Eventually, you get something more or less like this. My butcher friends will look at this and laugh at what a hack I am, but, I don’t see them trying to help anybody. By the same token, never ask a butcher for advice on cooking. That’s like asking a carpenter how to repair an air conditioner.
Flip the coulotte over.
When you see picahnas depicted, this fat cap is frequently left attached. Picahna purists may freak out if you trim it off. Up to you. There is no evidence that the fat can interact with the meat in any way during the process of cooking other than to start a grease fire in your BBQ. The amount of fat on the surface of the meat is not necessarily directly related to the amount of intramuscular fat, also known as marble.
I take it off. You see all that trim on the right? Watch THIS when you get a chance.
Above: this is the top sirloin after the culotte/picahna/flap has been removed. Keep removing trim, and, again, do not discard.
After a while, it will look like this. Flip it over again.
There’s that leathery piece that connects to the femur, we talked about it earlier. Remove that with your boning knife and discard it–just that one piece goes in the trash. Nothing else. After you remove that, you can see the “mouse” that I talked about, I have no idea why they call it that. It comes off easy too…
That does not look like a mouse to me. Pre-cut top sirloins in the case usually have this still attached because nobody has come up with a way to market it on its own. I use it to make ground beef, so, stage that into the trim pile.
Now you have this, and a lot of people stop trimming at this point and start cutting steaks. That practice seems to be based on the notion that goes something like “it’s cheaper than most steaks, so people expect it to be tough and have some gristle.” I don’t buy that, so I cut it into three “logs” and remove the seemingly random sheets of gristle as I find them. Again, you’re not wasting them.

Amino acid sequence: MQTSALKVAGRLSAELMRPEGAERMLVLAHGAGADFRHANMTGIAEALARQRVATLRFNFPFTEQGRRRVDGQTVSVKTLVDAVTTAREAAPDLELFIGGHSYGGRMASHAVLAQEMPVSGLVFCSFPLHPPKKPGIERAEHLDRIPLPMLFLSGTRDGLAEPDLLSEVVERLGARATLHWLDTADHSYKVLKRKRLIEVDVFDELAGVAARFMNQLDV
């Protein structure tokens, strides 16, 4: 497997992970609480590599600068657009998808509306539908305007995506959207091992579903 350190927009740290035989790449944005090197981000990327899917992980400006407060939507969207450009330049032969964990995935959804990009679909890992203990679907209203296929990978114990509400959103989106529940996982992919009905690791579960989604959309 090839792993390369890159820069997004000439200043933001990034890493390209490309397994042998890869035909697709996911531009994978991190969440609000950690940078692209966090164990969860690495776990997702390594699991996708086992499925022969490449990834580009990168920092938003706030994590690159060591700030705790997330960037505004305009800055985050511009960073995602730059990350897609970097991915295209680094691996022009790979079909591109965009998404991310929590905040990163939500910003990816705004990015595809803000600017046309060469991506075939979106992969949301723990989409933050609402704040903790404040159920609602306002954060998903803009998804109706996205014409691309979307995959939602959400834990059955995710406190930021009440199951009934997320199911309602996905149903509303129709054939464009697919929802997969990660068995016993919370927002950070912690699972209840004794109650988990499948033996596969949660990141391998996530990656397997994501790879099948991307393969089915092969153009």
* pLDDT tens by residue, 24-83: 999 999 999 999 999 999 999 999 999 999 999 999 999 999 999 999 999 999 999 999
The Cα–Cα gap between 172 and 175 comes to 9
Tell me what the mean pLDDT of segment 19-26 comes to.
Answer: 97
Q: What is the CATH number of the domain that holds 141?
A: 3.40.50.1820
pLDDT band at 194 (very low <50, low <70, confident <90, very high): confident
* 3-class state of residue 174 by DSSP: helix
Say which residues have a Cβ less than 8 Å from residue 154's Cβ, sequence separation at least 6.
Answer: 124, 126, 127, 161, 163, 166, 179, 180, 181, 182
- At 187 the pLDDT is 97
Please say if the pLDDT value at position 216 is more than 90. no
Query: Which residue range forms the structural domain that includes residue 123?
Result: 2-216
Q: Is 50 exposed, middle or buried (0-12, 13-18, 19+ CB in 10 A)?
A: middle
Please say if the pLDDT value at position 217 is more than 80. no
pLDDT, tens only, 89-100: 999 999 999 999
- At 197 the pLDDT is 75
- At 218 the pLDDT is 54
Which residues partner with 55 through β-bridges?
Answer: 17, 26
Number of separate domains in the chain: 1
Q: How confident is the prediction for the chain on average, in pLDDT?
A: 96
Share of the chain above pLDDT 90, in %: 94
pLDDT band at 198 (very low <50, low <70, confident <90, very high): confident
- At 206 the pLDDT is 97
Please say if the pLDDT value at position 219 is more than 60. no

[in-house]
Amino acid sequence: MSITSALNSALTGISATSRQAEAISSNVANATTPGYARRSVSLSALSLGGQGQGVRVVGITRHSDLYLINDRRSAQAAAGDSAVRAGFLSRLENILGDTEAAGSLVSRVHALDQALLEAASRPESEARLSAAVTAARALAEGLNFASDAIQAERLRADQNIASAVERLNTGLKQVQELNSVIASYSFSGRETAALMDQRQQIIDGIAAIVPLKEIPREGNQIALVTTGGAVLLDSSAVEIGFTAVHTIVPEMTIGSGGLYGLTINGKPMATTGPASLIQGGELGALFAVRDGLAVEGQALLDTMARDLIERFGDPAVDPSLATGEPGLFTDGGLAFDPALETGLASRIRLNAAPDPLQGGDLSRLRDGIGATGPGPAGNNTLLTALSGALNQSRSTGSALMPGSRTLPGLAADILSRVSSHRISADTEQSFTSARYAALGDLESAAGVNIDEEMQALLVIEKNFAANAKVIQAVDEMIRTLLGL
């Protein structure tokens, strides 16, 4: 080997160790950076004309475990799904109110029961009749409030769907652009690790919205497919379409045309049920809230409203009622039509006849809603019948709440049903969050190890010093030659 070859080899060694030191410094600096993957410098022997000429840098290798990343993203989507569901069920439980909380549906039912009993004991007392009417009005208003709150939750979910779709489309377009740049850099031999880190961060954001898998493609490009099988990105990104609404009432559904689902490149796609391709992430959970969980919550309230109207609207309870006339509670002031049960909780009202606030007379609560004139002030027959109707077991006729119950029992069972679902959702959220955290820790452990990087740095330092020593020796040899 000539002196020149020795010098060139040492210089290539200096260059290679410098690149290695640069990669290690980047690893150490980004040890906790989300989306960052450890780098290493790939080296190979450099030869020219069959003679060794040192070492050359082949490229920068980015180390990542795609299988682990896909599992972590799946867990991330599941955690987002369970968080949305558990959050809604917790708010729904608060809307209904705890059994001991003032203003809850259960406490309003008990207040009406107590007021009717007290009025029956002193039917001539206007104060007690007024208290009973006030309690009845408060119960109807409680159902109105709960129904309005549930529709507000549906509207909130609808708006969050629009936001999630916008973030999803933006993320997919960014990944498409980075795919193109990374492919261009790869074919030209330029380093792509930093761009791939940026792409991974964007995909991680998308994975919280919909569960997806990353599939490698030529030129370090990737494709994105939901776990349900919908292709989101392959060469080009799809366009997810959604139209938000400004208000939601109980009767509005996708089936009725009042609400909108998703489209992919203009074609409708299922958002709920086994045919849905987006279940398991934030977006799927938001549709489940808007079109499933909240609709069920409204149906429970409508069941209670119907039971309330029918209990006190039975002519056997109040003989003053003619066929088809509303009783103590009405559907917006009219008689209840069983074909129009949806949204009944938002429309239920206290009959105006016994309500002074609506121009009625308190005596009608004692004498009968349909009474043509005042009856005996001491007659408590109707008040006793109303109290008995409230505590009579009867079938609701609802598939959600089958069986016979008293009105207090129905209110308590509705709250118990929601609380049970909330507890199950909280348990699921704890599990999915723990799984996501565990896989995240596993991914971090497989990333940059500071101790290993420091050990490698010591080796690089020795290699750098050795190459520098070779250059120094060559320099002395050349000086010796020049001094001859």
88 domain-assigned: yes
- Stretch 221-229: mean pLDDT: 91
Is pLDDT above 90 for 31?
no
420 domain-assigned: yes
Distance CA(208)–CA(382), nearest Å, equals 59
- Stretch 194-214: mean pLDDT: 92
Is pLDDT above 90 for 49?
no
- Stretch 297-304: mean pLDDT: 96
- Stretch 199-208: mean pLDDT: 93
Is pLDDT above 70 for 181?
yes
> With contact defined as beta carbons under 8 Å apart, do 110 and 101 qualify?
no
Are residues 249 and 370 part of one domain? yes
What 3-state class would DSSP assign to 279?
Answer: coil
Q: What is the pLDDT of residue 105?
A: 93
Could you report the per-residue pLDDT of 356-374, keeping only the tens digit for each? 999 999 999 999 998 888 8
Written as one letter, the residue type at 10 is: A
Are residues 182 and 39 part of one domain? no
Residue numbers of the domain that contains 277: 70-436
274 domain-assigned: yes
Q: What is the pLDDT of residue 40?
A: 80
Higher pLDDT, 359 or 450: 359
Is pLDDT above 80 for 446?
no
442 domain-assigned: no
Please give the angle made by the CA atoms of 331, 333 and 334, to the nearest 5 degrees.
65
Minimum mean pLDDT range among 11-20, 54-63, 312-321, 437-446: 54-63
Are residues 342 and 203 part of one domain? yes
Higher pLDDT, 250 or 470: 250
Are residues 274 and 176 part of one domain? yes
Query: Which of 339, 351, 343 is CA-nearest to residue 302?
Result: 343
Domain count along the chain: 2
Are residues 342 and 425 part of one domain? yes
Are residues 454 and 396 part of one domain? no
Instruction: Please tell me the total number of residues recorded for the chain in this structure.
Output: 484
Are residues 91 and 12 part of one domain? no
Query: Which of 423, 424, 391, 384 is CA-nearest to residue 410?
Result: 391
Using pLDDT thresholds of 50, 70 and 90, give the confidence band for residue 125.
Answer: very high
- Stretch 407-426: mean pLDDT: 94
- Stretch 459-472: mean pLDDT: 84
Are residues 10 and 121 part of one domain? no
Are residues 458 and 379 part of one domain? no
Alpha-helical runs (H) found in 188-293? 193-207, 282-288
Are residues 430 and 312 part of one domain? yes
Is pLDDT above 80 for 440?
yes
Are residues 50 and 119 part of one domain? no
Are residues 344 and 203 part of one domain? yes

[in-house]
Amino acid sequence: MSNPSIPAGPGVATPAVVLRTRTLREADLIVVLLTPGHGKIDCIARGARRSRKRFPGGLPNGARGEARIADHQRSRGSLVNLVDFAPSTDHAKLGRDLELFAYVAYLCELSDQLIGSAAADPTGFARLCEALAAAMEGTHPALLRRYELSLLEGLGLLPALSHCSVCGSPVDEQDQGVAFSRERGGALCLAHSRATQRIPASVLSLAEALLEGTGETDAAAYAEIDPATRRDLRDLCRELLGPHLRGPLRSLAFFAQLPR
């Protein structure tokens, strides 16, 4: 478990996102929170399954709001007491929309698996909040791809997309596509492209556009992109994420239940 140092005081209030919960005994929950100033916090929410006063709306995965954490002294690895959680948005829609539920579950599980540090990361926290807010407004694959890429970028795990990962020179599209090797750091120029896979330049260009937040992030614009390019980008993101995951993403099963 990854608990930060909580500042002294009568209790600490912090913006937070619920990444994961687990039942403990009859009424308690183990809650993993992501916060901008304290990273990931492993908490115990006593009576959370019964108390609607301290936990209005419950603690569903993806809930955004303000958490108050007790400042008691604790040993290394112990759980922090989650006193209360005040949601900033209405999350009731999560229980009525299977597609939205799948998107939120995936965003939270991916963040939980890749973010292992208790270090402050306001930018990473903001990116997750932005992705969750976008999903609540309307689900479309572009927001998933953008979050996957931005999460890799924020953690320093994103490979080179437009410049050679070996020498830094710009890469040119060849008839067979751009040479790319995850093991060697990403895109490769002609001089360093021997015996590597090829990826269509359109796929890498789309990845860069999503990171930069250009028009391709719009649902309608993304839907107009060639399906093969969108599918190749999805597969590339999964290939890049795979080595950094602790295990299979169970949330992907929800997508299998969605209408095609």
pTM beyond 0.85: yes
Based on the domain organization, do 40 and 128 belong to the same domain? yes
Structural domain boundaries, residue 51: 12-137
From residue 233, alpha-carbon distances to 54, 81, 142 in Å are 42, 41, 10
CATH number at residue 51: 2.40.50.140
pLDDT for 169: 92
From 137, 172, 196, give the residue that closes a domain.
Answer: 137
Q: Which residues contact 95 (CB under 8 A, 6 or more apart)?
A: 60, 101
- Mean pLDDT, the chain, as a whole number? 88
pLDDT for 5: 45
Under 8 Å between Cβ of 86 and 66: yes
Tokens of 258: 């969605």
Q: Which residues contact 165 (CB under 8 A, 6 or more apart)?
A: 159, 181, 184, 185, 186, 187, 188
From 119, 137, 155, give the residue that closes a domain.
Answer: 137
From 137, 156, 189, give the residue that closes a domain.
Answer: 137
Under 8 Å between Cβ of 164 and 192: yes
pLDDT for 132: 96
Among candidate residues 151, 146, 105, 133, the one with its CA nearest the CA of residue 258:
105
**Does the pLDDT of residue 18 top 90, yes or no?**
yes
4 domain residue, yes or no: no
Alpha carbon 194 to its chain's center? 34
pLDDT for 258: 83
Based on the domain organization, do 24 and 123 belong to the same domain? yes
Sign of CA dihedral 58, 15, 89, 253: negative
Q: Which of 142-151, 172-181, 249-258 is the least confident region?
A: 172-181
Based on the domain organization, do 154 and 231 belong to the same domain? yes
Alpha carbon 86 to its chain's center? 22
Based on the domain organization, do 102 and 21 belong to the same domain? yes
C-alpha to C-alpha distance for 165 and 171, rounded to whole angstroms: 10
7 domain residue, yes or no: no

Whole top sirloins can be found for less than $4/lb if you look around, which means if you really removed and discarded ALL the trim, you would still be only paying about $8/lb for a steak that they will gladly charge you $30 for in a restaurant.
The log on the right had the least apparent gristle, so I cut it into 4 steaks of about 12 oz/330 g each.
I cleaned up the larger piece on the left, which yielded that fairly large piece with quite a bit of gristle, again, into the pile. That large piece gets cut in half lengthwise, yielding 2 roasts of approximately 2 lb/1 Kg each.
Everything gets vacuum sealed–the total weight of the four steaks, the two roasts and the picahna was still over half of the original weight. But we’re not done harvesting yet.
The packaged steaks are staged into the refrigerator/freezer, depending on the plan. Then, the pick through. There was over 3 lb/1.5 Kg of trim perfectly worthy of being turned into ground beef.
After that, there was still 2 lbs of fatty trim, all of which was still worthy of being utilized to make the brown stock that I linked above, here it is again Top Sirloin Espagnole.
Top sirloin is sous vide processed just like New Yorks, rib eyes and filets/tenderloins, but I usually process it considerably longer. Top sirloin is very dense and high in myoglobin, and my unscientific and anecdotal experience has been that it retains its color better and longer than the other tender steaks. The picahna/culotte is one of the few steaks that I have been able to process, shock, and then smoke while still retaining that “medium rare” appearance.
Here are some links to other recipes for top sirloin.